April 27, 2005

Separation of Church and State- Fuzzy Logic

I just finished reading an article about the Odessa, Texas schoolboard decision to introduce a bible class into the public school.

Barring any hurdles, the class should be added to the curriculum in fall 2006 and taught as a history or literature course. The school board still must develop a curriculum, which board member Floy Hinson said should be open for public review.

The board had heard a presentation in March from Mike Johnson, a representative of the Greensboro, N.C.-based National Council on Bible Curriculum in Public Schools, who said that coursework designed by that organization is not about proselytizing or preaching.

But People for the American Way and the American Civil Liberties Union have criticized the council, saying its materials promote religion.

Johnson said students in the elective class would learn such things as the geography of the Middle East and the influence of the Bible on history and culture.

"How can students understand Leonardo da Vinci's 'Last Supper' or Handel's 'Messiah' if they don't understand the reference from which they came?" Johnson said. The group's Web site says its curriculum has received backing in 292 school districts in 35 states.

Call me crazy, call me paranoid, but I have a hard time buying the story they are trying to sell here. If you go to the website of the National Council on Bible Curriculum in Public Schools you can make your own determination about their objective. I didn't have to read much further than the biography of their president to become concerned. Look at this section:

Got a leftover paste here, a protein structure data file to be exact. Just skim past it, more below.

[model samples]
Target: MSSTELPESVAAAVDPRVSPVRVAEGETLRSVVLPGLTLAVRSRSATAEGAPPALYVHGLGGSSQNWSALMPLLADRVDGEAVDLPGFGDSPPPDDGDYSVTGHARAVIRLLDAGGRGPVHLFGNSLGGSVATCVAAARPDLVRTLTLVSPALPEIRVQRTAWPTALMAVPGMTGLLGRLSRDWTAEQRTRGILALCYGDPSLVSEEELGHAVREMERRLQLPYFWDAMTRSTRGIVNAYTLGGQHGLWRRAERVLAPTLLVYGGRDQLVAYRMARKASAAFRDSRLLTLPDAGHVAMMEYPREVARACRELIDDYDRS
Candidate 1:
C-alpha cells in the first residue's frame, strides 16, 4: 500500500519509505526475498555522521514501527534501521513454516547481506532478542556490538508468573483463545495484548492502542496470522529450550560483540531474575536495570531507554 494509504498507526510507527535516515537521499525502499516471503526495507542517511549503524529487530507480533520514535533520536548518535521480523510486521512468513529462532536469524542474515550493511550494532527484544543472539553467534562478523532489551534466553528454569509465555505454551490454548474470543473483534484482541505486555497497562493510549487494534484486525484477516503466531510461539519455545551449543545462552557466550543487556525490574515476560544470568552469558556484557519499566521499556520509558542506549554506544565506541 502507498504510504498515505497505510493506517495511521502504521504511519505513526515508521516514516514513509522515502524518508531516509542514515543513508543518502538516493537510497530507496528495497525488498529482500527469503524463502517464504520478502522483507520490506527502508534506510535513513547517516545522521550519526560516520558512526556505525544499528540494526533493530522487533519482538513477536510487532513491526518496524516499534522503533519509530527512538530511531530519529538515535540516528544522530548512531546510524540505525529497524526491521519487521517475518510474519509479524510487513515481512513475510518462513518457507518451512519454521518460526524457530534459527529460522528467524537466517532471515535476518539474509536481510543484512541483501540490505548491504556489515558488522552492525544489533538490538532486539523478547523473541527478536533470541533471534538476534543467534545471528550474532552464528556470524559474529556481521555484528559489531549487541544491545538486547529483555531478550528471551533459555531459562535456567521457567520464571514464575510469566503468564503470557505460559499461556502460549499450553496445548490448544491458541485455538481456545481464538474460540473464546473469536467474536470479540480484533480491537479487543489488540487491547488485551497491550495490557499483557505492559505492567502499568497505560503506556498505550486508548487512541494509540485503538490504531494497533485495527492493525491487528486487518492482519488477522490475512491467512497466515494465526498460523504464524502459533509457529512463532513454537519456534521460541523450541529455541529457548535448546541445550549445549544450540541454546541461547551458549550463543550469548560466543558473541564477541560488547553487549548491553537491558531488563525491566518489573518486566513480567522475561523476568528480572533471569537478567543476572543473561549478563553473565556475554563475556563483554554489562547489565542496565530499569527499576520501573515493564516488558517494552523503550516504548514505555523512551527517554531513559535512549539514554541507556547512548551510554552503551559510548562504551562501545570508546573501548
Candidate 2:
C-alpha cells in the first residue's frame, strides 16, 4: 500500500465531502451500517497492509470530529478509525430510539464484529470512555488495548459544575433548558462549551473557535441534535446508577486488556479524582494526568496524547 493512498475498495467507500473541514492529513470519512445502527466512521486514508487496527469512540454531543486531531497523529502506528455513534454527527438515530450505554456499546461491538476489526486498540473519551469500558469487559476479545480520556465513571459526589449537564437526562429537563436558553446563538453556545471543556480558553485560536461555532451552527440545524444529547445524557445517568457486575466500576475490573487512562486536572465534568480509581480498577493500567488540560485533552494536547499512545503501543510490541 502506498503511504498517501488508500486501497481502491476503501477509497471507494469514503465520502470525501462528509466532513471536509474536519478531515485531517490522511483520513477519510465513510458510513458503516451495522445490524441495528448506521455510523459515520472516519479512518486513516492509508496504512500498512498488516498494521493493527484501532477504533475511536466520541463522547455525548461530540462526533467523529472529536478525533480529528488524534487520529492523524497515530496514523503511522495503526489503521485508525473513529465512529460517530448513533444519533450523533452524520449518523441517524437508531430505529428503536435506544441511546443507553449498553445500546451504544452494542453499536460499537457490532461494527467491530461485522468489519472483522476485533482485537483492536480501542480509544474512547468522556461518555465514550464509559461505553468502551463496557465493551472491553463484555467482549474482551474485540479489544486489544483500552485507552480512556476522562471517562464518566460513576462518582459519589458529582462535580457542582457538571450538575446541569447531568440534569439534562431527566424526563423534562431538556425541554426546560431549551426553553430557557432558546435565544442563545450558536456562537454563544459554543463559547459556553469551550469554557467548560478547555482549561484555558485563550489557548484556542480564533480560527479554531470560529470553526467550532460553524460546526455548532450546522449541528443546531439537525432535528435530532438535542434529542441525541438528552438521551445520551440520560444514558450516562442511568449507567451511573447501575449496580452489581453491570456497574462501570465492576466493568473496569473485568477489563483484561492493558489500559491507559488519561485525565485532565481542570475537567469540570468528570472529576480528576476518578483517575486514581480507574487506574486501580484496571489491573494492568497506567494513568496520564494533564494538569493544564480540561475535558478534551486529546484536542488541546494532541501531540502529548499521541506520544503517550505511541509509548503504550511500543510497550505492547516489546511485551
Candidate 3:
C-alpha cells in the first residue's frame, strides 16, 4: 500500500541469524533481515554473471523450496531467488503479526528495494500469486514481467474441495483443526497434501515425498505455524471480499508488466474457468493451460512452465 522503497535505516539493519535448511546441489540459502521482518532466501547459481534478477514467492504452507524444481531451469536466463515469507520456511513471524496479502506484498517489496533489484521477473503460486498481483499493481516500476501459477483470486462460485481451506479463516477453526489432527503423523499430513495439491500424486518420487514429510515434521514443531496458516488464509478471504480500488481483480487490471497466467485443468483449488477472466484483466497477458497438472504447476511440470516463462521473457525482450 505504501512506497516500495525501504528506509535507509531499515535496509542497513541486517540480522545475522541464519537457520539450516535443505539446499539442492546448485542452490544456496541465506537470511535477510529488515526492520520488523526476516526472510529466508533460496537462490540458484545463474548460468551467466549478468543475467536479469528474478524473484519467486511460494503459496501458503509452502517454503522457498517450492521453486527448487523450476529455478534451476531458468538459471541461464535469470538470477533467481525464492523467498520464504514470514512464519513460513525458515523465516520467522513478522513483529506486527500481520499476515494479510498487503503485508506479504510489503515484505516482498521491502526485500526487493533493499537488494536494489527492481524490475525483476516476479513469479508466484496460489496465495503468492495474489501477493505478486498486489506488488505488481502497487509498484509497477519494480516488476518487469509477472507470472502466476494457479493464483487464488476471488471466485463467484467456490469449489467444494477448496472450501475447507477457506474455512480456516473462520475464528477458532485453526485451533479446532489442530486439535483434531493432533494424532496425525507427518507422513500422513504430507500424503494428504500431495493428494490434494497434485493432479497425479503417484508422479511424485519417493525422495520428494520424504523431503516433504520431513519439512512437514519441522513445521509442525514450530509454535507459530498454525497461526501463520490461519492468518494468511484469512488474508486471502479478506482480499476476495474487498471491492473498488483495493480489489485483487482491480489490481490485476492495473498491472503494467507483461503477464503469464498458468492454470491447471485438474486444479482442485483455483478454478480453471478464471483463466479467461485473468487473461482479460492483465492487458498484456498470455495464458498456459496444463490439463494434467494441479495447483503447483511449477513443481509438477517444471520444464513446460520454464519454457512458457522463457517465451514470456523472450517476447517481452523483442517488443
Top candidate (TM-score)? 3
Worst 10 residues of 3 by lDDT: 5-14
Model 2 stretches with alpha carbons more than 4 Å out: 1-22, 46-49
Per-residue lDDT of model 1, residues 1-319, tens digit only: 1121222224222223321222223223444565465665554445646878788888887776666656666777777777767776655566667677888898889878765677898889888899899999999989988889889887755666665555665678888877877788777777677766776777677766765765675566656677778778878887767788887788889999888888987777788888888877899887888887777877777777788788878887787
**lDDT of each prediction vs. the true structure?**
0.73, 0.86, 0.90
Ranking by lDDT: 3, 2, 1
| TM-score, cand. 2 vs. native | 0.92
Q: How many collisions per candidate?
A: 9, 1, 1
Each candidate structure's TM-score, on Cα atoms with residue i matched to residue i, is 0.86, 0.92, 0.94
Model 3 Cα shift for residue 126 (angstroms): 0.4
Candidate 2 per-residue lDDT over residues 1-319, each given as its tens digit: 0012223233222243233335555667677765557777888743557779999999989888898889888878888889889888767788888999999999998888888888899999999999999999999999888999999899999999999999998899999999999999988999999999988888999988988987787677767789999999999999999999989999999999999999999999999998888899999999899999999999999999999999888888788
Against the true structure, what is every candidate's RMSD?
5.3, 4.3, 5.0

Like most Americans, Ridenour believed teaching Bible in public schools violated separation of church and state – a common myth she would soon learn had beenpropagated by liberal organizations, such as the ACLU

The code word in that snippet is liberal where it is used as a pejorative term. But I took issue with her introductory message where she said:

The world is watching to see if we will be motivated to impact our culture, to deal with the moral crises in our society, and reclaim our families and children.

Please help us to restore our religious and civil liberties in this nation.

The underlying message here is not the instruction of the bible as a foundation for understanding art or history, but that it is a tool to teach morality and it is clear that this is nothing more than a sordid and sad attempt to circumvent past decisions to separate church and state.

No one has lost their religious or civil liberties here, that is a joke and con job.

Let me add that having an endorsement letter from Jesse Helms is not something that is going to thrill me, but I digress.

And even if I was interested in considering such an idea I would be far more excited if there was a real cross section of people supporting this, but there is not. It is a religious right initiative and something that they are entitled to try, but I would feel better if they were open and honest about what they are trying to do here.

There is simply no place for this in the public school system.

No comments: